Therefore, an estimated dose level based on the toxicity data available for copper is considered more appropriate. The lowest NOAEL of 2 mg Cu/kg bw /day in male rats and 0.83 mg Cu/kg bw /day in female rats were established in a combined repeated dose and reproductive/ developmental study (ATSDR, 2004) while NOAEL of 200 and 1000 mg/kg bw were established in a 28-day study for IDHA in males and females, respectively. According to equation:

4H+ + CuIDHANa2 + H2OH4IDHA + 2Na+ + Cu2+

0.83 mg Cu corresponds to 4.6 mg of Cu(2Na)IDHA ((MW of Cu(2Na)IDHA is 354.69 / MW of copper is 64) x 0.83). Taking into account 60 % oral absorption established for Cu(2Na)IDHA (please refer to toxicokinetic section), the estimated NOAEL would result in 7.8 mg/kg bw Cu(2Na)IDHA: 4.6 mg/kg bw x (100 %/ 60 %). 7.8 mg/kg bw is much lower than LOAEL of 150 mg/kg bw established for Cu(2Na)EDTA. There is also the recommended daily allowance (RDA) of 0.013 mg Cu/kg bw available. The value represents a sufficiently safe level to estimate an equivalent dose for Cu(2Na)IDHA for systemic effects for humans. It corresponds to 0.072 mg/kg bw for Cu(2Na)IDHA: ((MW of Cu(2Na)IDHA is 354.7 / MW of Cu is 64) x 0.013 mg/kg bw). Taking into account 60 % oral absorption established for Cu(2Na)IDHA, the estimated DNEL would be 0.12 mg/kg bw: 0.072 x (100 %/ 60 %).This dose level however may be overprotective but it can serve as an internal DNEL for systemic effects (no assessment factors are needed; see DNEL calculation section).

Similarly as for oral exposure route, an estimated NOAEC for humans for inhalation exposure route make sense to be derived. An OEL value of 0.01 mg/m³ exists for respirable fraction for copper and its inorganic compounds (SCOEL, 2013). Since no respirable fraction is expected for Cu(2Na)IDHA (particles of Cu(2Na)IDHA are > 100 µm), an OEL of 0.03-0.04 mg/m³ for inhalable fraction would be more appropriate. This limit would correspond to 0.17 mg/m³ of Cu(2Na)IDHA: ((MW of Cu(2Na)IDHA 354.7/ MW of copper 64) x 0.03 mg/m³). Taking into account 60 %absorption by inhalation (equal to oral absorption), the estimated NOAEC (=DNEL for inhalation, systemic effects) would result in 0.28 mg/m³: 0.17 x (100 %/60 %).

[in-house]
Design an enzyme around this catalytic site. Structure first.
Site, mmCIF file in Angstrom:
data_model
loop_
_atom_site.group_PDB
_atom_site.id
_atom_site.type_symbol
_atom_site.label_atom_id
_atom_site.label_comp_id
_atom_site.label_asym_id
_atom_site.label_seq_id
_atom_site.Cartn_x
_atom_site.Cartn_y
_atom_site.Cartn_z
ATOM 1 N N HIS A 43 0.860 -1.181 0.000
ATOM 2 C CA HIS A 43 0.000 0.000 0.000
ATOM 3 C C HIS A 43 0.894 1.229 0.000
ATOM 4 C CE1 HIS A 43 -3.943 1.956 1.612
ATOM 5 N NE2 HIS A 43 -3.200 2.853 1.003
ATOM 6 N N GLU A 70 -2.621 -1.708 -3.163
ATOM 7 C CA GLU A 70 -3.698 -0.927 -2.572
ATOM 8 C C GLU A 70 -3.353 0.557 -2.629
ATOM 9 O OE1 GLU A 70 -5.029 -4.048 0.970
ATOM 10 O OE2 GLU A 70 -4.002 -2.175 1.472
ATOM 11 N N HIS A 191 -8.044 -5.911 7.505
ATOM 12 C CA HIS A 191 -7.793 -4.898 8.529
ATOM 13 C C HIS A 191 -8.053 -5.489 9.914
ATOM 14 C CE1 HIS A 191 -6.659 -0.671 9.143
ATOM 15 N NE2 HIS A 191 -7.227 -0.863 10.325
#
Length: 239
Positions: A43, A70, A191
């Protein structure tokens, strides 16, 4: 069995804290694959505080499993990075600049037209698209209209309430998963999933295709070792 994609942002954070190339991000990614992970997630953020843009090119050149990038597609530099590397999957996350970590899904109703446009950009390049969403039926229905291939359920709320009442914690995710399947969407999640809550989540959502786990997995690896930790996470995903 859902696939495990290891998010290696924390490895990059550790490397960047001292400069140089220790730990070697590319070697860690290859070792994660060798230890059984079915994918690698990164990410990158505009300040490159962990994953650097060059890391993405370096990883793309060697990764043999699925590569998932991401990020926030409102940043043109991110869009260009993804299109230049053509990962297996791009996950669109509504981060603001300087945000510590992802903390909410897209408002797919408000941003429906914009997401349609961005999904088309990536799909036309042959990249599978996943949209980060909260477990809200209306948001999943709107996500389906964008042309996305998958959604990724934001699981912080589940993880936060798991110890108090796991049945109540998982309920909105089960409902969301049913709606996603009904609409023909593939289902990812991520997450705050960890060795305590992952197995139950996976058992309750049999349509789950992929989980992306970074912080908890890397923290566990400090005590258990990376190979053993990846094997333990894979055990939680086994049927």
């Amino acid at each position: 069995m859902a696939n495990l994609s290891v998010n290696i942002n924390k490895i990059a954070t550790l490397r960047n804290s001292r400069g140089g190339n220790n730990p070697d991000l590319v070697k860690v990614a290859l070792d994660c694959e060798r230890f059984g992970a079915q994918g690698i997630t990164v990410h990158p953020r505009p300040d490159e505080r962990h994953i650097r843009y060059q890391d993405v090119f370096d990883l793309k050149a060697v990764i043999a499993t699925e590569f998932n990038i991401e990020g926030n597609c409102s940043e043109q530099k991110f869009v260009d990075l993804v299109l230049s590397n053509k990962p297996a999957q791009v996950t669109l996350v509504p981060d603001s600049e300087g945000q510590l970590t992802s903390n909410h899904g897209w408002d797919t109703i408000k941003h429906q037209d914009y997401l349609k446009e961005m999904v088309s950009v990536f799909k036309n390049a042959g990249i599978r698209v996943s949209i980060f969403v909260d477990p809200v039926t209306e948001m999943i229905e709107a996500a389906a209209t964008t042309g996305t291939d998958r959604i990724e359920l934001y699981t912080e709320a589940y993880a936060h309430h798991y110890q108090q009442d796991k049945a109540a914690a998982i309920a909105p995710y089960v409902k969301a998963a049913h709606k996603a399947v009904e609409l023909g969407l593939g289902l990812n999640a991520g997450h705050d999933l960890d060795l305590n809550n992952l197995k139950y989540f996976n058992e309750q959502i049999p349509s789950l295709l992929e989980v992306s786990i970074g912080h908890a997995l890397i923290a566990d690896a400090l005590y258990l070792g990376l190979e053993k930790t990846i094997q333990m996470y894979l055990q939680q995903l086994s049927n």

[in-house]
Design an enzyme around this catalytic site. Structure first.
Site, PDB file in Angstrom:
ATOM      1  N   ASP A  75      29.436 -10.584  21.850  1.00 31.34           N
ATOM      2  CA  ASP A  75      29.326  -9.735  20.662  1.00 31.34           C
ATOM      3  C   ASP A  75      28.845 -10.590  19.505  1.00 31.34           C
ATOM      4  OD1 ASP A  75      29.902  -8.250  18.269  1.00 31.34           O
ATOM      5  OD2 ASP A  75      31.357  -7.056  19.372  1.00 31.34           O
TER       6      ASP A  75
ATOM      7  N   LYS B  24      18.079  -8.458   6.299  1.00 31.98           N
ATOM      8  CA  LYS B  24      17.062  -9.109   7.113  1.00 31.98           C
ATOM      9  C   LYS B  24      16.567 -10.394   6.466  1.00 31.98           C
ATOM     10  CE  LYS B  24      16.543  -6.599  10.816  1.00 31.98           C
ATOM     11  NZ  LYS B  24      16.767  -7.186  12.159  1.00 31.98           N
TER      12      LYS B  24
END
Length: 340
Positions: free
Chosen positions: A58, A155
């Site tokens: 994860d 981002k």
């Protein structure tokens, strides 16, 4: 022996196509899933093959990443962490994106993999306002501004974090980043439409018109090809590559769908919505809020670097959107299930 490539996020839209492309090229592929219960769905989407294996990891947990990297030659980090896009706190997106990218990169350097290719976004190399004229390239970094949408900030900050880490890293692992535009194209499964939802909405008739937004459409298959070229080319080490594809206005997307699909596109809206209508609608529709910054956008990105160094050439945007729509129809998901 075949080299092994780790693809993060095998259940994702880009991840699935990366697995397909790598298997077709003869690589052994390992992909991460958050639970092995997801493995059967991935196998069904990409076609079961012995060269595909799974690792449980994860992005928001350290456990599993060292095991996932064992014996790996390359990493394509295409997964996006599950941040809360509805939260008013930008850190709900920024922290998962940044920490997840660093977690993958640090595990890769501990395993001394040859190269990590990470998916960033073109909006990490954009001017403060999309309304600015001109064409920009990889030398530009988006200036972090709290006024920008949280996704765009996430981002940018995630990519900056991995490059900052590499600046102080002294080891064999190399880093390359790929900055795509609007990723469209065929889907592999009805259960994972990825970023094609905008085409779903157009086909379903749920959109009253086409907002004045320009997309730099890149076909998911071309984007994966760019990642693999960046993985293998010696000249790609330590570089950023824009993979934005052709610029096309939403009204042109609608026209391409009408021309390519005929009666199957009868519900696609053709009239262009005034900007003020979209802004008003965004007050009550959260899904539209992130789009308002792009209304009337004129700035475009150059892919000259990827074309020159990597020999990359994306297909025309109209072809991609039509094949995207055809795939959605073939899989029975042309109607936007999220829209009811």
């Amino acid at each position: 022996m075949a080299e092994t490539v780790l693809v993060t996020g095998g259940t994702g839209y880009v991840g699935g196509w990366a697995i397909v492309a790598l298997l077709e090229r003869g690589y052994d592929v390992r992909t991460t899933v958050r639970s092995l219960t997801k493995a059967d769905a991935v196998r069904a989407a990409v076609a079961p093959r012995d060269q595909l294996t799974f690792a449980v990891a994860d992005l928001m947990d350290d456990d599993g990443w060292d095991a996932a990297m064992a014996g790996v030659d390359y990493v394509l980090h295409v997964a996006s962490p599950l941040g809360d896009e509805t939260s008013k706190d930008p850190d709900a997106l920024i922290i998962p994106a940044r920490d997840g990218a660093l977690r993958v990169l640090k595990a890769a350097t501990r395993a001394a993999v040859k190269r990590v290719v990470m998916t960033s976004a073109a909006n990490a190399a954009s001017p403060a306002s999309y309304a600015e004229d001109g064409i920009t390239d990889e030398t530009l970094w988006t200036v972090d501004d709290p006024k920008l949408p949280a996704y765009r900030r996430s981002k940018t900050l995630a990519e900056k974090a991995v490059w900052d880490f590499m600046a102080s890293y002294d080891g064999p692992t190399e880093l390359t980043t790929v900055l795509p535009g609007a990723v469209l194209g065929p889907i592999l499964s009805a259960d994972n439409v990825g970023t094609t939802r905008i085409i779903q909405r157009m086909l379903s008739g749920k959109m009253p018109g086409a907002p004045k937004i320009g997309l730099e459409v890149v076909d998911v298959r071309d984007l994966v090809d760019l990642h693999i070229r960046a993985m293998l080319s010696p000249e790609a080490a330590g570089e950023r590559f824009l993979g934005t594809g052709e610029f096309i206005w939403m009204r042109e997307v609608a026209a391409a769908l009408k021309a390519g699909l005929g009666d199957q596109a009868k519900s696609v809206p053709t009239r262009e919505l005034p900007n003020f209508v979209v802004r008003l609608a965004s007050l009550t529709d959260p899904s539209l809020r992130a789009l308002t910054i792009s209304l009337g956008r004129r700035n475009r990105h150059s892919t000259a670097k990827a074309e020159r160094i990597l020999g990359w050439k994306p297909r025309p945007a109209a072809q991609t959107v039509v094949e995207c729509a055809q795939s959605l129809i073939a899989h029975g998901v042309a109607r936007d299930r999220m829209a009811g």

Justification for selection of repeated dose toxicity via oral route - systemic effects endpoint:
No study is selected since NOAEL is estimated for Cu(2Na)IDHA based on the RDA available for copper. The reason is that the toxicity of Cu(2Na)IDHA is believed to be mediated by copper rather than by the chelate moiety. Additionally, IDHA (and its chelates) are expected to be absorbed more extensively due to the higher oral absorption of IDHA comparing to EDTA and its salts.

Justification for selection of repeated dose toxicity inhalation - systemic effects endpoint:
No study is selected since NOAEL is estimated for Cu(2Na)IDHA based on the OEL available for inhalable fraction of coper. The reason is that the toxicity of Cu(2Na)IDHA is believed to be mediated by copper rather than by the chelate moiety. Cu(2Na)IDHA is expected to be swallowed after its deposition in the airways. Therefore, inhalation absorption, if occur, is confined to oral absorption. Additionally, IDHA (and its chelates) are expected to be absorbed more extensively due to the higher oral absorption of IDHA comparing to EDTA and its salts.

Justification for classification or non-classification

NOAEL of 200 and 1000 mg/kg bw were established for the chelating agent IDHA in the 28-day oral (gavage) study in male and female rats, respectively. No target organ toxicity was observed in this study. NOAEL of < 150 mg/kg bw was established in the combined study in rats with Cu(2Na)EDTA. Target organs were kidney and liver. For Cu(2Na)IDHA, an estimated systemic NOAEL (= DNEL) of 0.12 mg/kg bw was derived based on RDA of 0.013 mg/kg bw for copper established by WHO for humans. No target organ toxicity is expected at this dose level. Similarly, no systemic or target organ toxicity can be expected at the estimated concentration of 0.28 mg/m³ based on the existed OEL of 0.03 -0.04 mg/m³ for copper. Therefore, Cu(2Na)IDHA does not meet the criteria for classification and labelling for systemic target organ toxicity after repeated exposures (STOT-RE) in accordance with European regulation (EC) No. 1272/2008.